Monday, June 22, 2009

Iran's Crisis and All Quiet on the Western Front

By Barry Rubin

The Iranian crisis is being fought out on three fronts.

The first, and the one properly receiving the most attention, is inside Iran itself. Commentators have now found the perfect phrase for describing the outcome there: As a result of the stolen election, demonstrations, and repression, Iran will be changed forever.

OK. But changed how? If the regime puts down the demonstrations, it will be ruling lots of deeply dissatisfied citizens. Yet overall, not much will change within the country. Presumably, there will periodically other such upheavals until the day the regime is overthrown altogether. But how long will that take? None can say.

More can be said about the other two fronts. The one changing the least is the regional aspect. Events in Iran will not change minds in the Middle East.

On one side are the radical Islamists. These include pro-Iranian forces--Hamas and Hizballah; the Syrian regime, and many in Iraq--won’t have their minds changed by the post-election upheaval. They will go on being radical Islamists and believe that these demonstrations are creations of American intelligence (whether President Obama praises them or not will have no effect) and that the marches represent only a tiny minority of malcontents.

The same conclusion, however, will be reached by the anti-Iran Islamists, especially the Muslim Brotherhood, and the much smaller base of al-Qaida. They and their supporters will go on seeking Islamist regimes in their countries, notably Egypt, Jordan, Algeria, and Saudi Arabia. They won't be affected either.

But there is another factor regarding the Islamist side. In thirty years I have literally never heard an Islamist say—in contrast to how Communists used to speak about the USSR, or China, or Cuba—that they want an Islamist state modeled on Iran. Obviously,  Sunni Islamists (including Hamas) want to downplay any such desire to clone Iran because its Shia republic is alien to their traditions.

And while Hizballah may be the closest of all followers for the Tehran regime, it also does not say that it's dreaming of an (Islamist) green Lebanon, just like the Islamist regime they know in Tehran.
For many years—20, even—Islamists in the Arab world have known that Iran is not a utopian society and that its institutions or practices don't appeal to the Arab masses. They have long learned to dissociate themselves from the social, economic, and cultural policies of Iran—which are already alien by being both Persian and Shia.

So proving that Iran is repressive will not weaken support for Islamism among Arabs. No Islamist in the Middle East is going to say: “Wow, that Iran is a terrible place! I better become a liberal democrat right away!”

Why then do people in the Middle East either follow Iran or have a similar ideological approach to the problems of their societies and states?

Simple: Power. The Iranian regime is strong. It fears no one and projects power. It defies the West and apologizes to no one. It swears allegiance only to Islam—at least in its own interpretation.  It rewards its friends and kills its enemies (I'm tempted--but won't--joke that the West does the exact opposite.) And soon it will have nuclear weapons, too.

Now, how will such people interpret the regime’s no-nonsense, take-no-prisoners, tough-guy approach to internal dissent?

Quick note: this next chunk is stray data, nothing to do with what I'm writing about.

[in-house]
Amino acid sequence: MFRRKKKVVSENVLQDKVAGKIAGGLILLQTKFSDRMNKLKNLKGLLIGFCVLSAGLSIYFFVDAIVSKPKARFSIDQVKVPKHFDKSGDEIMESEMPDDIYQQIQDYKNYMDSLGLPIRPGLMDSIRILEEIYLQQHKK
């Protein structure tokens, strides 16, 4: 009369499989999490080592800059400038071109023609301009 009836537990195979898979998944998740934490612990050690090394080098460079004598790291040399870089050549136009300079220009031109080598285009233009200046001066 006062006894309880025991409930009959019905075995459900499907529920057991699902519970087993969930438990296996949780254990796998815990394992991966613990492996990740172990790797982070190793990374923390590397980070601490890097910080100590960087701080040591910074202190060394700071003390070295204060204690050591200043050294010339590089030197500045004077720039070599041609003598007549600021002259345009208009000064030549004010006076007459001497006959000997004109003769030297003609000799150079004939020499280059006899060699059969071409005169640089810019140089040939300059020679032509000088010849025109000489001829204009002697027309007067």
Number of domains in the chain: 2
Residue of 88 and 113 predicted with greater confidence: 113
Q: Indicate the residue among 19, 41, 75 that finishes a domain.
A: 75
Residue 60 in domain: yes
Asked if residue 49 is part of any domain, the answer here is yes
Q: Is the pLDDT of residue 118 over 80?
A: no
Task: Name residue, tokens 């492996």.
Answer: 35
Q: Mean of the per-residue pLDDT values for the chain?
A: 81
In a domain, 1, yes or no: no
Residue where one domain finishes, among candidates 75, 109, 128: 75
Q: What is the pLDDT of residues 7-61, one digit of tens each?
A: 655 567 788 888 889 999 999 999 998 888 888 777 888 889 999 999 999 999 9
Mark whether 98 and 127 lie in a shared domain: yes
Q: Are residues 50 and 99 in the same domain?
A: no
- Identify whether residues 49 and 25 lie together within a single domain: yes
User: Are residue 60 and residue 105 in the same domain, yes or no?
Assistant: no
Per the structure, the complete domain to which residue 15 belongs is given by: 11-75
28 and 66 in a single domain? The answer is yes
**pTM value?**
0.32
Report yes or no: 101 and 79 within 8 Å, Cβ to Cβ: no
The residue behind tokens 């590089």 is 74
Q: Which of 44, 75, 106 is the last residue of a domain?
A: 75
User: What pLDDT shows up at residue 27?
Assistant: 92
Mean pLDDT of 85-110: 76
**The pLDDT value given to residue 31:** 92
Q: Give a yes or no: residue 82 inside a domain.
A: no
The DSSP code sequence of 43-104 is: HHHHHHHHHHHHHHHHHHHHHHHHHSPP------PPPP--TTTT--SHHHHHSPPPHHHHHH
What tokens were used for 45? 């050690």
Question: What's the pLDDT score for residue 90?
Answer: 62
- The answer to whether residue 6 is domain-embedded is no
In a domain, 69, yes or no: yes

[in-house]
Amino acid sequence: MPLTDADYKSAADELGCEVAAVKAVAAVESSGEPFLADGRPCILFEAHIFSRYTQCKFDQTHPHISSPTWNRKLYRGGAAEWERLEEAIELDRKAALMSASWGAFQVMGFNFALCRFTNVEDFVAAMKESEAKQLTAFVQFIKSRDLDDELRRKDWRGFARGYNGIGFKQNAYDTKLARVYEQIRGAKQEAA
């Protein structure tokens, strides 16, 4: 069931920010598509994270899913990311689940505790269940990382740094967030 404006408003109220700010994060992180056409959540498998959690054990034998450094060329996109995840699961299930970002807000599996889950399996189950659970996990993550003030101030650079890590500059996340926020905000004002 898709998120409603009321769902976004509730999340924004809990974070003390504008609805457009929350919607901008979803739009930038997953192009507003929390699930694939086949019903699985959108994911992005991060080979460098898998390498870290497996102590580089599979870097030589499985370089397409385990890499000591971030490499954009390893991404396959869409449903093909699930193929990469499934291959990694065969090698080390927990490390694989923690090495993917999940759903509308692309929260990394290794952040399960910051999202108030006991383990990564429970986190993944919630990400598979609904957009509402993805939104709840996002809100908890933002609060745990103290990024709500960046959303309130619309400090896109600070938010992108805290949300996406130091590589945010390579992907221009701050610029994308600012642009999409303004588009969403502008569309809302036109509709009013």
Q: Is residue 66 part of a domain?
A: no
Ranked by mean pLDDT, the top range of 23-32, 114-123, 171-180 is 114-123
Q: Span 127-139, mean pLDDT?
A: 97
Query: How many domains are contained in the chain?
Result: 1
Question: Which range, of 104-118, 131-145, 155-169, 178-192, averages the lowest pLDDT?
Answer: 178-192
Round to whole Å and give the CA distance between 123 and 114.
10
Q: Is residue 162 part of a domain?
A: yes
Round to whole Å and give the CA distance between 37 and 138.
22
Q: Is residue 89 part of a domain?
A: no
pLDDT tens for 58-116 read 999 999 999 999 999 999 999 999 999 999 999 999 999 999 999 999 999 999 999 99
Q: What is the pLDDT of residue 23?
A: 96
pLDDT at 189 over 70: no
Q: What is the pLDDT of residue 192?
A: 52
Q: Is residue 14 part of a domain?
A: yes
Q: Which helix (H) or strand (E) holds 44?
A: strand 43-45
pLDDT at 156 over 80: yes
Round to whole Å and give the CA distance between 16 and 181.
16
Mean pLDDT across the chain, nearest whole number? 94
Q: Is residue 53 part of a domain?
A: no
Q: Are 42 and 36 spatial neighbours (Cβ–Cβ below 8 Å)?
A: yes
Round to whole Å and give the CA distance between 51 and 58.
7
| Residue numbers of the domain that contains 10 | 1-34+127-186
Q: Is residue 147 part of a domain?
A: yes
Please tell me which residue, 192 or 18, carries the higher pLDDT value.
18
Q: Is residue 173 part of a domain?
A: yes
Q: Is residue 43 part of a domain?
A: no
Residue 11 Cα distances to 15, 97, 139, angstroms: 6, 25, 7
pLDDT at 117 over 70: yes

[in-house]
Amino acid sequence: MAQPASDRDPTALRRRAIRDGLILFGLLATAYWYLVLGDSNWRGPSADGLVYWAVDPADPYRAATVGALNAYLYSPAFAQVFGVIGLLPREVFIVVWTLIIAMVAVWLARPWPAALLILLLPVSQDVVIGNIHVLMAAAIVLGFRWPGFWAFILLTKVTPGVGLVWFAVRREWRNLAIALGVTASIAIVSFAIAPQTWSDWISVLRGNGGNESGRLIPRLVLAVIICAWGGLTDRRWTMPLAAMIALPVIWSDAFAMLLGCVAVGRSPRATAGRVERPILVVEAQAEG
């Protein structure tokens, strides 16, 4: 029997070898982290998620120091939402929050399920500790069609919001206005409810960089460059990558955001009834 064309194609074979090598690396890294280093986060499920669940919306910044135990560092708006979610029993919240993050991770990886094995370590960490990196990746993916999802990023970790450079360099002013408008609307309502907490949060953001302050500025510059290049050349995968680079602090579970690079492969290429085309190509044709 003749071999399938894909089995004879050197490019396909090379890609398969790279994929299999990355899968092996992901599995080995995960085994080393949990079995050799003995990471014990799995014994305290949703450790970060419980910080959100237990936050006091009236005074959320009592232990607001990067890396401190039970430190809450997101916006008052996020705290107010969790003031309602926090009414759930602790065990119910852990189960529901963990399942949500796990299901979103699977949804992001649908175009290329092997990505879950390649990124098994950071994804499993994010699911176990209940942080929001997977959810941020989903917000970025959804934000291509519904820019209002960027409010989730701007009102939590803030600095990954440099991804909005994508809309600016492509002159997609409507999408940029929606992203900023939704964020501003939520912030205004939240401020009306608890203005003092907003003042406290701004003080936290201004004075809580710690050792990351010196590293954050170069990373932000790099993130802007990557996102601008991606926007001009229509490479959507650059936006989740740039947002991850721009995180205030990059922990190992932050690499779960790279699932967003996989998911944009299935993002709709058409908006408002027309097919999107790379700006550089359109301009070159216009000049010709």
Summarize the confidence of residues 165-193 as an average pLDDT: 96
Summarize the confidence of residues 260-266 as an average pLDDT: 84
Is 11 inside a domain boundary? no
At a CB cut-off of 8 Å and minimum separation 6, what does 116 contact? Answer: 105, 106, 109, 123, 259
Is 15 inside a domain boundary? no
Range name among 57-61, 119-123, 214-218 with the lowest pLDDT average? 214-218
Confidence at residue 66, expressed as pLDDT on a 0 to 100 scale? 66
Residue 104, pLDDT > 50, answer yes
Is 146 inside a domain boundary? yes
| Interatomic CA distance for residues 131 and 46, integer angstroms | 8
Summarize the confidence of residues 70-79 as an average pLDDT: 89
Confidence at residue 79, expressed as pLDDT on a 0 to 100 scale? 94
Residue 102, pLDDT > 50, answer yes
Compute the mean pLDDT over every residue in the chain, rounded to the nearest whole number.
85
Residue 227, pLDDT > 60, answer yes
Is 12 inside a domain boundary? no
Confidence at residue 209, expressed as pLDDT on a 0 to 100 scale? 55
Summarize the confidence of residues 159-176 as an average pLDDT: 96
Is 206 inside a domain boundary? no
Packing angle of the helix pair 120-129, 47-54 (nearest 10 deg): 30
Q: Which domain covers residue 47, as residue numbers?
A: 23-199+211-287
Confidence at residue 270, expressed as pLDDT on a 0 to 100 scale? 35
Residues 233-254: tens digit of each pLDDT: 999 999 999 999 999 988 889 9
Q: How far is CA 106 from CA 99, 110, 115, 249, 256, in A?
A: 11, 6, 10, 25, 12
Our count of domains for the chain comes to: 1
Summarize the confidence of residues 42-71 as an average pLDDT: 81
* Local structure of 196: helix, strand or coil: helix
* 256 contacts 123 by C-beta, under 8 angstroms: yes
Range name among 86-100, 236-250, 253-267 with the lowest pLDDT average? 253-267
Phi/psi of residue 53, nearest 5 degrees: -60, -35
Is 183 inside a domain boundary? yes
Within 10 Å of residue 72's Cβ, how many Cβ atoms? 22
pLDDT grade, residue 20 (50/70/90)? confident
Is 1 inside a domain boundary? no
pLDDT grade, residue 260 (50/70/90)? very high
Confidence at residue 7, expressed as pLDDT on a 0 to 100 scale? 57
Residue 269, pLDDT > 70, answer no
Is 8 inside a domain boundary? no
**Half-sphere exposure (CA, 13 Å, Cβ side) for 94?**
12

Will they say, as Westerners do—or at least should do—This is terrible! They are beating and repressing people?

Or, will they say: Awesome! Are these guys tough, or what?

Successful repression, like a successful terrorist attack with maximum civilian casualties, brings admiration, not horror in these circles.

But what about all those in the Middle East who hate Islamism and fear Iran? Well, they already feel that way, don’t they? The Egyptian, Jordanian, Saudi governments, for example, may not be thrilled with the idea of mass street protests against another government, but they aren’t going to dislike Iran more than they already do. They are hardly surprised by that regime’s behavior. And so is the small minority of Arab liberals. No minds or policies changed here either.

Oh, but there is one aspect of the crisis that might affect their thinking:

Wow, those Westerners sure are afraid of criticizing Iran.

And that brings us to the Western front. Here is the one where change might be most significant.

Will people in western Europe and North America conclude from this that the Iranian regime is mad, bad, and its dangerous if Iran's rulers know how to make nuclear weapons? Are they going to perceive in the adventurous, risk-taking, brutal, and ideologically dizzied regime a true danger to themselves and their countries’ interests? Is the fact that it is a, to coin a phrase, “Tehranical” regime going to translate into an understanding of its foreign policy.

Surely, some of this has got to be sinking in, right?

But quick: how many massive street demonstrations are there in these countries condemning the trampling of the Iranian people’s rights and violent repression in tha tcountry? One-half of the reaction among students, elites, and supposed human rights' supporters to false accusations against Israel? One-fourth? One-eighth? Keep going into even smaller fractions.

And yet, it is here that the biggest and most important effect of the events in Iran might be felt. It isn’t too late to oppose Iran’s ambitions and nuclear weapons’ drive. Are people in democratic states going to wake up about the Iranian regime's threat?

The great danger is that one will be able to say regarding the effect of Iran’s current crisis:

All quiet on the Western front.

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